Royal Proclamation of 1763
The Royal Proclamation of 1763
was issued October 7, 1763 by King George III following Great
Britain's acquisition of French territory in North America after the end of the French and Indian
War/Seven Years' War. The purpose of the proclamation was to organize Britain's vast new North
American empire, and to stabilize relations with North American Indians through regulation of trade,
settlement, and land purchases on the western frontier.
THE ROYAL PROCLAIMATION
7 OCTOBER, 1763
Whereas We have taken into Our Royal Consideration the extensive and valuable Acquisitions in
America, secured to our Crown by the late Definitive Treaty of Peace, concluded at Paris the
10th Day of February last; and being desirous that all Our loving Subjects, as well of our
Kingdom as of our Colonies in America, may avail themselves with all convenient Speed, of the
great Benefits and Advantages which must accrue therefrom to their Commerce, Manufactures,
and Navigation, We have thought fit, with the Advice of our Privy Council. to issue this our
Royal Proclamation, hereby to publish and declare to all our loving Subjects, that we have, with
the Advice of our Said Privy Council, granted our Letters Patent, under our Great Seal of Great
Britain, to erect, within the Countries and Islands ceded and confirmed to Us by the said Treaty,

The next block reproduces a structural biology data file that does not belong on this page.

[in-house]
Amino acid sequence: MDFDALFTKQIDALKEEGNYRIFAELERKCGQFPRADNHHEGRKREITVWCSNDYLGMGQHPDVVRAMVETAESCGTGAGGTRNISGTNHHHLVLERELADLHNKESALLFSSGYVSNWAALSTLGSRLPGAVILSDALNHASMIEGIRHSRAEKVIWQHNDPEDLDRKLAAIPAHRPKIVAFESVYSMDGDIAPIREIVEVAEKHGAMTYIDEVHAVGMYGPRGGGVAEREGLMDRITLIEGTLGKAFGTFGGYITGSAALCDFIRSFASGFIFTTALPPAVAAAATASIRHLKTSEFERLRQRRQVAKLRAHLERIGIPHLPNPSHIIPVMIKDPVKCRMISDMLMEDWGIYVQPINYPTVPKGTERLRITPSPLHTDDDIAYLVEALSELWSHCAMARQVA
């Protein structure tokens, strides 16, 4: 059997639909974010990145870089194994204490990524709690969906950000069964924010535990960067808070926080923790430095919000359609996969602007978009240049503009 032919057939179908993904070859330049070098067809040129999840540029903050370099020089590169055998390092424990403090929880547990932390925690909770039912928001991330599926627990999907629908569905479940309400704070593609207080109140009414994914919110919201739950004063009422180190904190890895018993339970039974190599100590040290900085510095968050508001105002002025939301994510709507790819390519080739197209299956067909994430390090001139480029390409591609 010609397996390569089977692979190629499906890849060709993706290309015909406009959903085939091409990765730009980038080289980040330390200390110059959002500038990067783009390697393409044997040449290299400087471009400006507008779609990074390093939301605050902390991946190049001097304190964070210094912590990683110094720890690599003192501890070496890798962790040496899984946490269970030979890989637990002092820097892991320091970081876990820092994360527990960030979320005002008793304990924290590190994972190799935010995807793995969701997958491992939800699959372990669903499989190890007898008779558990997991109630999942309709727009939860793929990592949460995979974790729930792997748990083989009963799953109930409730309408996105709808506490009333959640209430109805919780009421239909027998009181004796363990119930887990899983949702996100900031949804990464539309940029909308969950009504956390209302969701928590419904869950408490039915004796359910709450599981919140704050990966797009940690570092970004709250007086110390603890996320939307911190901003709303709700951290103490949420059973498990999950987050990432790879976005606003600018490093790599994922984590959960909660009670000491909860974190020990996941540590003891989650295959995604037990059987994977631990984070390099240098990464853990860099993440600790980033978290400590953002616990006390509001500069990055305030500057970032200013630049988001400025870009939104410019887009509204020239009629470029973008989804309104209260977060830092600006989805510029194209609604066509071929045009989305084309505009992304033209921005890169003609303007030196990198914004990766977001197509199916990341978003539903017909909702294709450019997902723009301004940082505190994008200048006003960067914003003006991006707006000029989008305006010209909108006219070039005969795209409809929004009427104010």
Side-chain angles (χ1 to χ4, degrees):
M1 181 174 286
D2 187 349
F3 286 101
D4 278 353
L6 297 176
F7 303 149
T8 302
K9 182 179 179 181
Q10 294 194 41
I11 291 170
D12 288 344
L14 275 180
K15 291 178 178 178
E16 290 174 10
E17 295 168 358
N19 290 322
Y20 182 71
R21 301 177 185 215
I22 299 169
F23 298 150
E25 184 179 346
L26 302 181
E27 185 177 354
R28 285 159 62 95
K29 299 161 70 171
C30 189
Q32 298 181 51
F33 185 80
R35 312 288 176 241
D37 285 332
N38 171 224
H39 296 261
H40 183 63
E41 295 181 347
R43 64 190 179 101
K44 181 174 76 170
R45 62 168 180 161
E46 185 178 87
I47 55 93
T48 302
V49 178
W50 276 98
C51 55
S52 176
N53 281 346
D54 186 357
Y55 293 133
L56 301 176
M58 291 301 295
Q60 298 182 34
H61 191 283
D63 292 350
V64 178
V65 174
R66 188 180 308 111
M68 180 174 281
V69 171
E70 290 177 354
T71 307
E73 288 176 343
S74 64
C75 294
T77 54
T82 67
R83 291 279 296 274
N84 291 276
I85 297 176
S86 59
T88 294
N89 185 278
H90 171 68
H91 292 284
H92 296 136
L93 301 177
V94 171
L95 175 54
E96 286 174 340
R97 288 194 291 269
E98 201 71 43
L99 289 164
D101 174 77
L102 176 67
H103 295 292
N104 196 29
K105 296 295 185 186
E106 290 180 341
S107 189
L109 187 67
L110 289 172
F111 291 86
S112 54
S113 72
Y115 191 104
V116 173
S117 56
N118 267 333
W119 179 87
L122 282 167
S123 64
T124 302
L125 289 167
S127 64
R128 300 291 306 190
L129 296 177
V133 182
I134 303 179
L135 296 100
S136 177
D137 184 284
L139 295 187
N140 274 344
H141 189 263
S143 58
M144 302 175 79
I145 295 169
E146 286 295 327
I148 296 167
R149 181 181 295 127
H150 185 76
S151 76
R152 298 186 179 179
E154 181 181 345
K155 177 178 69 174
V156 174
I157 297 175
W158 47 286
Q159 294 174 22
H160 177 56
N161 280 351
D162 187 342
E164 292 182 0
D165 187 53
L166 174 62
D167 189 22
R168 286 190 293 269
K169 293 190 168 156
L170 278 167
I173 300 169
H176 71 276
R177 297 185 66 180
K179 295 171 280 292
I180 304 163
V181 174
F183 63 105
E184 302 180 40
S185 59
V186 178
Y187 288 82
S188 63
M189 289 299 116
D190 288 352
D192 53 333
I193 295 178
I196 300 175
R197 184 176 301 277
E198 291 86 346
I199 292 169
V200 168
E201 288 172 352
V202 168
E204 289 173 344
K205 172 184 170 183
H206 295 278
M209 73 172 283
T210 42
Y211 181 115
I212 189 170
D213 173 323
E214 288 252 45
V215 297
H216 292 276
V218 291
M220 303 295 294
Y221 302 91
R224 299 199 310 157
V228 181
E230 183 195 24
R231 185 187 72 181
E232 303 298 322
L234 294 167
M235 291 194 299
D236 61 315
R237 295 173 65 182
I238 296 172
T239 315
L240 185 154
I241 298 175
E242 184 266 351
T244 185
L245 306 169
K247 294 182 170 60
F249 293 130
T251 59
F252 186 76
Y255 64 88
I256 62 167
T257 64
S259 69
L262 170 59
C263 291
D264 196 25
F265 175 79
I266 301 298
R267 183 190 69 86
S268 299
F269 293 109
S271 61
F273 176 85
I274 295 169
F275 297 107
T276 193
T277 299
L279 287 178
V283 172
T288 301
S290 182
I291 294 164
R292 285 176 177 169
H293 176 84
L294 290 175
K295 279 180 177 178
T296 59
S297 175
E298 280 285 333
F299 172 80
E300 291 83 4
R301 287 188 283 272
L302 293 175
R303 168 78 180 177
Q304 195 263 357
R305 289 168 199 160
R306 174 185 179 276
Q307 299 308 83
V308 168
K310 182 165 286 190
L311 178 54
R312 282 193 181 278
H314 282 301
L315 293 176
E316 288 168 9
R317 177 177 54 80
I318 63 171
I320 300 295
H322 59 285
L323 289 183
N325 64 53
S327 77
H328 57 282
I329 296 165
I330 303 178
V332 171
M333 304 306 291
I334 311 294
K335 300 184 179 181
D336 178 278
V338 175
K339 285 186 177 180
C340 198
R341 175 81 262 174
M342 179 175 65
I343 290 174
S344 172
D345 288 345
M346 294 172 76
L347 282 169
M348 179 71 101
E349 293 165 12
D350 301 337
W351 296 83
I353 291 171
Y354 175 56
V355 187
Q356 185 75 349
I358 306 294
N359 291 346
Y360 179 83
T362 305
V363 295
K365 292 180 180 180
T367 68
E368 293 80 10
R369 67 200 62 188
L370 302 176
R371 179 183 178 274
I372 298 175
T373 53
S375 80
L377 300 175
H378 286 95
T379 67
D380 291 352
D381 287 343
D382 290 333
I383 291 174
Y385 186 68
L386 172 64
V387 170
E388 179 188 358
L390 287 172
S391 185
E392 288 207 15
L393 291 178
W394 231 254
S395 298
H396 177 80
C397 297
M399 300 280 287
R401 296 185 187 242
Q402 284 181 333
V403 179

Four distinct and separate Governments, styled and called by the names of Quebec, East Florida,
West Florida and Grenada, and limited and bounded as follows,
First--The Government of Quebec bounded on the Labrador Coast by the River St. John,
and from thence by a Line drawn from the Head of that River through the Lake St. John,
to the South end of the Lake Nipissing; from whence the said Line, crossing the River St.
Lawrence, and the Lake Champlain, in 45. Degrees of North Latitude, passes along the
High Lands which divide the Rivers that empty themselves into the said River St.
Lawrence from those which fall into the Sea; and also along the North Coast of the Bay
des Châleurs, and the Coast of the Gulph of St. Lawrence to Cape Rosières, and from
thence crossing the Mouth of the River St. Lawrence by the West End of the Island of
Anticosti, terminates at the aforesaid River of St. John.
Secondly--The Government of East Florida, bounded to the Westward by the Gulph of
Mexico and the Apalachicola River; to the Northward by a Line drawn from that part of
the said River where the Chatahouchee and Flint Rivers meet, to the source of St. Mary's
River. and by the course of the said River to the Atlantic Ocean; and to the Eastward and
Southward by the Atlantic Ocean and the Gulph of Florida, including all Islands within
Six Leagues of the Sea Coast.
Thirdly--The Government of West Florida, bounded to the Southward by the Gulph of